Knowing When It’s Time to Look into Heroin Rehab Programs

Time to Look into Heroin Rehab Programs

Heroin is a devastator. Pure and simple.

It’s an illicit version of the already troublesome opioids that have brought so much devastation to the country. The Drug Enforcement Administration (DEA) classes heroin as a Schedule I substance which means “it has a high potential for abuse, no currently accepted medical use in treatment in the United States and a lack of accepted safety for use under medical supervision.”

In other words, it’s all downside.

Opioids have already killed over 800,000 people since 1999 according to the Centers for Disease Control and Prevention (CDC).

What can be done and, more importantly, when to take that action?

Signs Of a Heroin Addiction

Among the many troubling things about heroin is that it can be a slippery slope from a prescribed opioid. The National Institute on Drug Abuse (NIDA) points out that “about 80 percent of people who used heroin first misused prescription opioids.”

No matter how you or a loved one ends using heroin, it’s important to know the signs of when it has become an issue of addiction and dependence. The signs to look for are:

  • Taking larger and larger amounts for longer periods
  • Unable to stop when trying to
  • Spending a lot of time getting, using, and recovering from heroin
  • Flu-like symptoms
  • Itching, bruising, and scabbing skin
  • Strong cravings
  • Failure to meet obligations at work, school, or home
  • Skipping or avoiding activities in order to use
  • Constipation
  • Nausea and vomiting
  • Using despite clear negative consequences
  • Developing a tolerance that requires more and more heroin and in larger doses
  • Sleep issues and insomnia
  • Weight loss
  • Cloudy thinking, confusion, and disorientation
  • Drowsiness, exhaustion, and lethargy
  • Experiencing withdrawal symptoms when not using 

If you’re starting to see these symptoms, take note. Don’t excuse them or brush them under the rug because they’ll only get worse as the addiction sinks its teeth in more.

How To Know When You Should Look into Heroin Rehab Programs

Knowing when and how to look for heroin rehab programs is the next big task after recognizing a substance use disorder has taken hold.

The when is something of a grey area, there’s no clear line so to speak and it is dependent on how bad those signs become. If your friend or family member is addicted, there’s a very slim chance they’re going to approach you one day and say they want treatment. Often denial is at play when it comes to drug abuse.

That being said, heroin is illegal, so any use should warrant action.

How Principles Recovery Can Help You with A Heroin Addiction Today

As for what to look for in a rehab program, there are a number of things to consider and not all rehabs are created equal. For starters, which is going to have a higher chance of success? Inpatient or outpatient treatment.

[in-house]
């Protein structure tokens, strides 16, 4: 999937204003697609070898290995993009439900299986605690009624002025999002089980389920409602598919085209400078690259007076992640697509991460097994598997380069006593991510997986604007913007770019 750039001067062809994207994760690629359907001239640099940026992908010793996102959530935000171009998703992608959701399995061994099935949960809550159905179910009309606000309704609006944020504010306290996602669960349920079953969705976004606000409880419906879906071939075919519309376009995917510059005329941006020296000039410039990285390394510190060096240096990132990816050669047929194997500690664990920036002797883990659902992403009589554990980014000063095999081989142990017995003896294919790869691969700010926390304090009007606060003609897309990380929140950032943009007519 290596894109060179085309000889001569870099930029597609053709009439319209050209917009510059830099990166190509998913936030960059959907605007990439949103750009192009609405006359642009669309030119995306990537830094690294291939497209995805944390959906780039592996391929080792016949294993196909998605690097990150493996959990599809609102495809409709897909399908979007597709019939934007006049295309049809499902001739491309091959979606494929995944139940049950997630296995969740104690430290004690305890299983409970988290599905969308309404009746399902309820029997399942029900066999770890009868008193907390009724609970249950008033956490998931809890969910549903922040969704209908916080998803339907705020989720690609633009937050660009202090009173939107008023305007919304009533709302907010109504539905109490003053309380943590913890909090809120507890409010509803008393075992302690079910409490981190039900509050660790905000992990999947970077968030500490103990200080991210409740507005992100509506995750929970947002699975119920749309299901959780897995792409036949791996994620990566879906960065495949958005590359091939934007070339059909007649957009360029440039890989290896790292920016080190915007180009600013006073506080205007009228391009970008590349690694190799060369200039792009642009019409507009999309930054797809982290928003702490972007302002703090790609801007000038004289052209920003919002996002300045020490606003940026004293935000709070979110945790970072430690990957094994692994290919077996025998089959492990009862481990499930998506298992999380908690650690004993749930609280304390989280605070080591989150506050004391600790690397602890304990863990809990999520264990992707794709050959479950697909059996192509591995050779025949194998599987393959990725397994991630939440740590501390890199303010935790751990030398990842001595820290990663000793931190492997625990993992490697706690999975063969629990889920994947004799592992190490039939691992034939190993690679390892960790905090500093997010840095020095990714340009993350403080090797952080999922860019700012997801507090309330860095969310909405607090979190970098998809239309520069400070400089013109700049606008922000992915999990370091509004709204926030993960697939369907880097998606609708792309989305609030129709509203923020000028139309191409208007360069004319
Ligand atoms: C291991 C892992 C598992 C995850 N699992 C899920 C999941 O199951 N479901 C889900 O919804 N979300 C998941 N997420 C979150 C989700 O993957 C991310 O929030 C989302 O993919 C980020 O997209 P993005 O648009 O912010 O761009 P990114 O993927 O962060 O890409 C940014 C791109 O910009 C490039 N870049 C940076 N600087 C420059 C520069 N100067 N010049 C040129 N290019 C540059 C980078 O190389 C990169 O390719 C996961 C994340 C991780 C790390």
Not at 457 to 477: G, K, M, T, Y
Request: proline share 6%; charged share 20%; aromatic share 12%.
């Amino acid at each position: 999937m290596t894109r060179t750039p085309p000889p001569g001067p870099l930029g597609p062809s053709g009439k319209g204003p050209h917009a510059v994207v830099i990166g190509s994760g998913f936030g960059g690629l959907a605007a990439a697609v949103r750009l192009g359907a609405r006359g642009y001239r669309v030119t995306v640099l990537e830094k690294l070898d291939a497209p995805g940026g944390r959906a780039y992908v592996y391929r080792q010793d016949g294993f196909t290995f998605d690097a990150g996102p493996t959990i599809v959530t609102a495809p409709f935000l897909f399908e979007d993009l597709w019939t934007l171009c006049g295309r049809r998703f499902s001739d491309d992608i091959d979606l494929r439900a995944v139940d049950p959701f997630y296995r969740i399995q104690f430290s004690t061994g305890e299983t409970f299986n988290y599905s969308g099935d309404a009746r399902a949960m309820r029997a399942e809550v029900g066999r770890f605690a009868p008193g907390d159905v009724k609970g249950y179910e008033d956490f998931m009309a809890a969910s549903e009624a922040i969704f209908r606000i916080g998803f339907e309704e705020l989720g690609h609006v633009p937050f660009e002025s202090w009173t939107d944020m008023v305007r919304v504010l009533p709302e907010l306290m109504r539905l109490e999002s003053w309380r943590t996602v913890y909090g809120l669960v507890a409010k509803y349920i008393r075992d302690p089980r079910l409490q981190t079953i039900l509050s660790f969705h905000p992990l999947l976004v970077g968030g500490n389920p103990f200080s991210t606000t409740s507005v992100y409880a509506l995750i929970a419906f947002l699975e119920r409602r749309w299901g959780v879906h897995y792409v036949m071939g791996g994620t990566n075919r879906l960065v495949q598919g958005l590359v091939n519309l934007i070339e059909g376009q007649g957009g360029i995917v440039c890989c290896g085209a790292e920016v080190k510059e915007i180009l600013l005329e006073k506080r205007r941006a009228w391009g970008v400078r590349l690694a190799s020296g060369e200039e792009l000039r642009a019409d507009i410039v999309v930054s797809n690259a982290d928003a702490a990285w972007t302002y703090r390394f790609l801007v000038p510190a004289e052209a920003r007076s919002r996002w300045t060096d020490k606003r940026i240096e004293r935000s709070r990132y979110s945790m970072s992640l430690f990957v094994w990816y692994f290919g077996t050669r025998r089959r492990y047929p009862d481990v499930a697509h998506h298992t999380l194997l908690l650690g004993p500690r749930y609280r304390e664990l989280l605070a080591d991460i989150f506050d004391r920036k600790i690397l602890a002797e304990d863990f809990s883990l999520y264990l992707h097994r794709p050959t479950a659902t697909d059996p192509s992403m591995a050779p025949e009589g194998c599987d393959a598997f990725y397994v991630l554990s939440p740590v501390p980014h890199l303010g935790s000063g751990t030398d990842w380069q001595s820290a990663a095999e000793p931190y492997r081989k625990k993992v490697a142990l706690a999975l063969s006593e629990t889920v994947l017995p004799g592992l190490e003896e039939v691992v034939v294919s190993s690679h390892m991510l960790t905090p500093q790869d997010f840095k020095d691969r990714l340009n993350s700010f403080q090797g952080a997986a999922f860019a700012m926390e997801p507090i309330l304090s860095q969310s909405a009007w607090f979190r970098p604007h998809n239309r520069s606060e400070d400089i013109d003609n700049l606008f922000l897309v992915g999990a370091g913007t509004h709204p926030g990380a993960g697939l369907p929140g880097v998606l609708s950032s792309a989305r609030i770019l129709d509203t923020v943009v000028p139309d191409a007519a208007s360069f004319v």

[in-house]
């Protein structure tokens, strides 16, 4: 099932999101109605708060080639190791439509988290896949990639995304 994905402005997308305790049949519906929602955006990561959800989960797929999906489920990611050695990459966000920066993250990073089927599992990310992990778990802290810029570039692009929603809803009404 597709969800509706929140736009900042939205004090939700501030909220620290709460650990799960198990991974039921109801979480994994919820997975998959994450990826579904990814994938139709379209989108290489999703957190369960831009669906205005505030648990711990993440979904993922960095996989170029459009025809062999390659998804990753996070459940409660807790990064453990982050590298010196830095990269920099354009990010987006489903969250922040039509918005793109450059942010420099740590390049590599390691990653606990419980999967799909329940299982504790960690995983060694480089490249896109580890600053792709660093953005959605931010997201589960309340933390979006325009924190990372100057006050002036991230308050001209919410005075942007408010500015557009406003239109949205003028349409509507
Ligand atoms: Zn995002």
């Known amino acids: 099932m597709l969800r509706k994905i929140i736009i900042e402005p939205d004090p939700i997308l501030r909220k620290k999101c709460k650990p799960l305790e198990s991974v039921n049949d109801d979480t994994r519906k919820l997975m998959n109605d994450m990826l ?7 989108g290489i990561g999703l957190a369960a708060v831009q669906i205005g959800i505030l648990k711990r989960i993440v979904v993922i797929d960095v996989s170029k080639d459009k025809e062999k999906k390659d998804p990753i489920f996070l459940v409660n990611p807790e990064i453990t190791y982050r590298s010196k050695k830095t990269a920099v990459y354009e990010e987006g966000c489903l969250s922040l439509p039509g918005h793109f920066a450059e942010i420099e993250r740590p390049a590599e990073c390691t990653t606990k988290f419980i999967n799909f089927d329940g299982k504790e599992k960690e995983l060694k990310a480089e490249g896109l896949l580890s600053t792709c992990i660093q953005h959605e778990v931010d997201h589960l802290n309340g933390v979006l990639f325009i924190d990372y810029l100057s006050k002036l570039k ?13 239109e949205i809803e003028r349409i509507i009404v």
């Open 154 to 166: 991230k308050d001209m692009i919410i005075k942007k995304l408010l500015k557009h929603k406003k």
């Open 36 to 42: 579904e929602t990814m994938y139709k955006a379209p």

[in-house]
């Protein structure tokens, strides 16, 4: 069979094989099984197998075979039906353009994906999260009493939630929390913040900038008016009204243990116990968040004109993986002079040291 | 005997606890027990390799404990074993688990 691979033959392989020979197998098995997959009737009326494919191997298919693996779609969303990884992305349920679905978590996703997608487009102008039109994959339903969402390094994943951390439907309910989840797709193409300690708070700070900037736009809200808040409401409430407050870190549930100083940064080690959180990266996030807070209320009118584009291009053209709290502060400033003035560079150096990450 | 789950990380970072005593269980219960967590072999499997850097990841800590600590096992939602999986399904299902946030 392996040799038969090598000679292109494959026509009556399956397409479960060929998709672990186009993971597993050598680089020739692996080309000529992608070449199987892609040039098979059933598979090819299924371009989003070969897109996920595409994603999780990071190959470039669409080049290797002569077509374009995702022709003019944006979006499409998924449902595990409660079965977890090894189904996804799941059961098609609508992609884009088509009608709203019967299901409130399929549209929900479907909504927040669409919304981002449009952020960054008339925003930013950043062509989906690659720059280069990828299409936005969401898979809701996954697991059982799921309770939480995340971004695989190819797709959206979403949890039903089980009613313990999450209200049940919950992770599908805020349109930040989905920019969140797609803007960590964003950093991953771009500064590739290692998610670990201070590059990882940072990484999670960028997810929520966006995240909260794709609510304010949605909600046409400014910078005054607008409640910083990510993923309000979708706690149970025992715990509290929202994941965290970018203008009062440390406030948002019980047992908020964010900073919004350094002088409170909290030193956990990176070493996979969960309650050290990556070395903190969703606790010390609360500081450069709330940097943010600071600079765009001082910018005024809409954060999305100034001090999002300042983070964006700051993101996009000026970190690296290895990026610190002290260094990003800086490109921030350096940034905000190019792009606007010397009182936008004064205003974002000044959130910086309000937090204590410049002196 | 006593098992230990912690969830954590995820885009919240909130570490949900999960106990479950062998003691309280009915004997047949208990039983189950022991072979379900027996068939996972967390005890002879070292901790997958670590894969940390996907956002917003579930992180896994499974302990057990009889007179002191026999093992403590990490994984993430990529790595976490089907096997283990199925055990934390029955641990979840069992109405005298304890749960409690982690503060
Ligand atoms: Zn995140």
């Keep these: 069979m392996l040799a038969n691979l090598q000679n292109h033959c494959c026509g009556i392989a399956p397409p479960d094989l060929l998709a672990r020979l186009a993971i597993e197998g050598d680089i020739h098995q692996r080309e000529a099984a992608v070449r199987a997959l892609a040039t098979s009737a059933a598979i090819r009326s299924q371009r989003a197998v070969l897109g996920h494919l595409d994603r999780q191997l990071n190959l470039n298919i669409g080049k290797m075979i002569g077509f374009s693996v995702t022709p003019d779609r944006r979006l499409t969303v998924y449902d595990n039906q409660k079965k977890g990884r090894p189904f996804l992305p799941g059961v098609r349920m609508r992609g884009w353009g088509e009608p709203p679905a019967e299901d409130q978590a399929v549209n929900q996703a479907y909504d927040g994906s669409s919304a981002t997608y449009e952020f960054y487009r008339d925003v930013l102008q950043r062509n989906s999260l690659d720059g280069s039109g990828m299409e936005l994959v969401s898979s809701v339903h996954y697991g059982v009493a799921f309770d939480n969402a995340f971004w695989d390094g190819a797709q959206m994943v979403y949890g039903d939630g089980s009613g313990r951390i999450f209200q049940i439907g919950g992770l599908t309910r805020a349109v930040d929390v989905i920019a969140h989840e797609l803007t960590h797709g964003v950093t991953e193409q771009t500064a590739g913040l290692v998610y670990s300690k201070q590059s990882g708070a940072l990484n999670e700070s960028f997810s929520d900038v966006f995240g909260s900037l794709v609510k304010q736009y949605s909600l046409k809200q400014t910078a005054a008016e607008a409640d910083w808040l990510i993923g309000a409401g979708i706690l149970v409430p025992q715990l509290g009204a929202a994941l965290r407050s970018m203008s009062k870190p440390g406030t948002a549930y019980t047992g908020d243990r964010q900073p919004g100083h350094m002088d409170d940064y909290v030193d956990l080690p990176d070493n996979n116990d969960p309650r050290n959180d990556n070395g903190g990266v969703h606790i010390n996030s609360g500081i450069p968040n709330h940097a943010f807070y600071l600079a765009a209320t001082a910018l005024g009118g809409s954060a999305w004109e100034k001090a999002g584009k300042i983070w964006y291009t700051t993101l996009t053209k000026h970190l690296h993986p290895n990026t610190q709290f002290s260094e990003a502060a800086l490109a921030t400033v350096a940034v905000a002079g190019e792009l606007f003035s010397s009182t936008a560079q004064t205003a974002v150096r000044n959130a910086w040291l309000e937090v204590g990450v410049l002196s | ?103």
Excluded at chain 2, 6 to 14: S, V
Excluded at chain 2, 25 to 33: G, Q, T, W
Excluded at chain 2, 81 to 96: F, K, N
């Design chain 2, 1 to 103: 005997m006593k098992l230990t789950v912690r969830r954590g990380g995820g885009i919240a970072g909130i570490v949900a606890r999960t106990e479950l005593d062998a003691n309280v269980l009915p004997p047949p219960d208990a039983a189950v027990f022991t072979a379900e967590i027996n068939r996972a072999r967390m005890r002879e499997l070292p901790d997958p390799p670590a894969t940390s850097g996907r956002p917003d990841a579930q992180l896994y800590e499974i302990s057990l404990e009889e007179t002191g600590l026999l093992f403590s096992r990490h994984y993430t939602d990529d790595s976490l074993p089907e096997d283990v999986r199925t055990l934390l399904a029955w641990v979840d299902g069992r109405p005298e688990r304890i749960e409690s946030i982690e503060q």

Inpatient care is the type of rehab where live at a facility and focus 100% of your time and energy on recovery and combatting the addiction. Outpatient care has many of the same elements but doesn’t require living in. For more severe addictions, inpatient is generally the recommended route but at Principles Recovery Center we offer both.

Next would be to look into the specifics of treatment, is it more evidence-based like our program at Principles or more alternative therapy-centric? What’s the level of experience? Our recovery center in Davie, Florida has over 30 years of experience in guiding people to sustained sobriety.

To learn more about our program, reach out to us today.

5 Signs of an Oncoming Relapse

A relapse is when an addict starts to use drugs or alcohol again. It can be their old substance of choice or they start abusing a new substance. After recovery from drug abuse and addiction, it’s important to be aware of how relapse can occur. It’s also important for friends, family, coworkers, etc to know what to look out for if they know someone in recovery. While relapse is often unexpected, there are a few signs that can help someone realize that it is near.

Change in Behavior

If someone is acting strange or suddenly becoming irrational in different scenarios, it could be a sign of relapse. In many situations, this change in behavior is not necessarily a change in character, but can be a cover-up for an underlying issue such thoughts of using drugs or alcohol again. If you notice this you can ask questions to try to get to the root of the problem and see why someone is acting a certain way. Your loved one may even open up to you if they see that you care about what’s going on.